Alberto Vasquez was a 20-year-old kid from Compton in a gang. He was also dealing with identity issues of being Latino and gay when he walked through the doors of Bienestar, a local nonprofit dedicated to the well-being of the LGBT (Lesbian, Gay, Bisexual and Transgender) community.

“Bienestar helped me with the skills I needed to come to terms with my identity and a place to grow as a person,” said Vasquez. “By the time I was 23, I was a staff member, working to provide peer-to-peer services to other men and developing the skills I would use to begin a career helping others.”

Vasquez was a speaker at Southern California Edison’s (SCE) 4th annual Lighthouse signature event, “Life, Liberty, and the Pursuit of Equality — Celebrating the Diversity of the American LGBT Community,” where the employee resource group honored Bienestar and helped raise funds for the nonprofit. SCE also presented the nonprofit with a $2,000 check.

Founded in 1989 by Oscar De La O, Bienestar (which means well-being in Spanish) began providing health services in the Silverlake and Hollywood area. The nonprofit also deals with various social justice issues, including poverty and disparity in health access. Bienestar now has services in nine centers throughout Southern California focusing on the LGBT Latino community, but also the larger community in general.

“It began as a very personal effort as I could see that my friends could not find support as there were language and cultural gaps in the health services being provided,” said De La O, at the Lighthouse event. “You can’t separate the health issues from the civil rights and access issues faced by many in the community.”

Chelle Wingeleth, SCE director of Talent Solutions, Diversity and Inclusion, spoke to the group about SCE’s long term efforts in diversity and inclusion. She encouraged employees to get involved with the company’s many Employee Resource Groups, including Lighthouse, which help promote an inclusive work environment for LGBT and all employees.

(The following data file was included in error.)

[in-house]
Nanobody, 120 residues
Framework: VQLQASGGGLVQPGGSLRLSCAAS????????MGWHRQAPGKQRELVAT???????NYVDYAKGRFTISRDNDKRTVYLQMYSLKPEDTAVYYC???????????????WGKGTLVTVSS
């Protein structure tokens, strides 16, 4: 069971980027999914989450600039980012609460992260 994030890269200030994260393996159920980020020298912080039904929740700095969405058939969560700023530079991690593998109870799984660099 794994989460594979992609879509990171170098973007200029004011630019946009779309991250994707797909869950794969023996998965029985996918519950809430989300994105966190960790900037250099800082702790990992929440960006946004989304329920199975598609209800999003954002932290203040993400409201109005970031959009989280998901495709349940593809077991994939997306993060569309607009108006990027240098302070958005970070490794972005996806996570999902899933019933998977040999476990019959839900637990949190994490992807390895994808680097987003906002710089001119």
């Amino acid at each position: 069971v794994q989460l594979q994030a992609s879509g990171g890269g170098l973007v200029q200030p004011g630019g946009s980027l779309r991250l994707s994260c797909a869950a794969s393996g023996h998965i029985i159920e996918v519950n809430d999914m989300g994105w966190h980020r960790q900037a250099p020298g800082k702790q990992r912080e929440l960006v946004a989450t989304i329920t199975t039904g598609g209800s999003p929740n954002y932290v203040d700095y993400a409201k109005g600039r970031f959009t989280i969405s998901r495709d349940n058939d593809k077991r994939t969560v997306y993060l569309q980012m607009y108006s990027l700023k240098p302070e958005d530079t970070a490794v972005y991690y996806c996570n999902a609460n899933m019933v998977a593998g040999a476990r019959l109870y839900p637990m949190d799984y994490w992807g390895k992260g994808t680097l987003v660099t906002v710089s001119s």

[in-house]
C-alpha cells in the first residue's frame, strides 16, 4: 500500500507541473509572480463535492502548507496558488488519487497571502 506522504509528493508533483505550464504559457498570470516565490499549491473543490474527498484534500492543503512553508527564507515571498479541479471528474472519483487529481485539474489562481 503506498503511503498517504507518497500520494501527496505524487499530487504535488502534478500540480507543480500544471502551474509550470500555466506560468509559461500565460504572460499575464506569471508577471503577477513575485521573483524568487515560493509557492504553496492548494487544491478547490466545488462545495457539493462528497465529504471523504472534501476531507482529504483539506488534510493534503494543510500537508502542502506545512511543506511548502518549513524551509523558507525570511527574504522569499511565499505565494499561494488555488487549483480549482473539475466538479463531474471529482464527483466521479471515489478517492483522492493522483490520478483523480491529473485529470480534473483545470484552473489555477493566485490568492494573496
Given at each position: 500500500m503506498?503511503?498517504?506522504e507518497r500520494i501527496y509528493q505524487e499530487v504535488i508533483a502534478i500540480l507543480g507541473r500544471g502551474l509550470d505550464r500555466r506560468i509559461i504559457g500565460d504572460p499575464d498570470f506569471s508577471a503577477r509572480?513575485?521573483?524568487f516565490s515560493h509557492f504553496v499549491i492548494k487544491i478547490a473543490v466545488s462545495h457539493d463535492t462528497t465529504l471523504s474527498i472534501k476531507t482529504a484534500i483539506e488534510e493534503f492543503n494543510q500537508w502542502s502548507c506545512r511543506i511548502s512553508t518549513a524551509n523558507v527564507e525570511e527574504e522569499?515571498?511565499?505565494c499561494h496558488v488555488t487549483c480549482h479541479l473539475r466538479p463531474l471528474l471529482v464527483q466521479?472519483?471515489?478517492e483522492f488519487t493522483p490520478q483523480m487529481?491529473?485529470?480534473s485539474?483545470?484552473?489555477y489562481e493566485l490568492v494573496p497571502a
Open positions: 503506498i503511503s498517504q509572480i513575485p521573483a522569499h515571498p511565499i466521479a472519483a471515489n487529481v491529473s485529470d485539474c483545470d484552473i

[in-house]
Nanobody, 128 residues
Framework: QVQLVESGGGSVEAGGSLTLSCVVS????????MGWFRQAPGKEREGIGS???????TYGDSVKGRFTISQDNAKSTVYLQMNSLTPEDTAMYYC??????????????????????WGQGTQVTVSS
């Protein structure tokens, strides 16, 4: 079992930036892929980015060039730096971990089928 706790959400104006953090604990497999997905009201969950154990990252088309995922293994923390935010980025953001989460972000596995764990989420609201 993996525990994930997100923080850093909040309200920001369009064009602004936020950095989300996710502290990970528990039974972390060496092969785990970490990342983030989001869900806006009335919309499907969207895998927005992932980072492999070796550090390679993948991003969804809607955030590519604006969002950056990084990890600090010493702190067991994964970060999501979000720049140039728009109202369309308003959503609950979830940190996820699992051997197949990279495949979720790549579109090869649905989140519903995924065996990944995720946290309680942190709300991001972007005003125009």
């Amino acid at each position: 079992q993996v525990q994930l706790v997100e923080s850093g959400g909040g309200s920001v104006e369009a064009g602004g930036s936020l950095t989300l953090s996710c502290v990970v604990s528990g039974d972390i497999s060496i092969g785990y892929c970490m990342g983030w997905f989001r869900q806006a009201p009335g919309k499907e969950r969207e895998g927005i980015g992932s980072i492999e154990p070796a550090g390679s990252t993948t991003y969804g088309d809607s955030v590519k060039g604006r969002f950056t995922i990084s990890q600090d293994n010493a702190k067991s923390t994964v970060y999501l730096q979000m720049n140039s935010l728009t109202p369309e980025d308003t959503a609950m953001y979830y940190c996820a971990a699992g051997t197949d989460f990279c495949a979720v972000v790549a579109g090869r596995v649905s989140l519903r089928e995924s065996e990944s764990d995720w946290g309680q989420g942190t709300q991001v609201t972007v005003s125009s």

Wingeleth noted that although great strides have been made within the company, the most important aspect of the inclusion and diversity work SCE has done is ensuring “that employees are able to and are encouraged to bring their whole self to work.”

Leslie Frias, a peer counselor with Bienestar, spoke about her personal journey as a member of the transgender community and thanked SCE for its support and generous donation.

“I am transgendered and the process to address gender identity can be long and difficult,” she said. “If you or someone you know could use our help, please pass our information to them. We all have a common desire to feel connected to family and be part of society and Bienestar is a great place where they can start.”

Vasquez is now a director at Bienestar’s Hollywood facility after having worked at other well-known nonprofits serving the LGBT community in Southern California. He continues to also serve as a counselor.

“Our effort is holistic and we meet our clients where they are at. They are definitely not just a case number,” said Vasquez, who encouraged SCE employees to volunteer at the nonprofit. “Bienestar’s goal is to empower our clients to improve their physical and mental health and become productive members of society.”

Ron Litzinger, SCE president, thanked employees for their support of Bienestar and for their inclusion and support of diversity in the workplace.

“Embracing diversity and differing points of view makes SCE stronger, more flexible and ultimately more successful,” he said.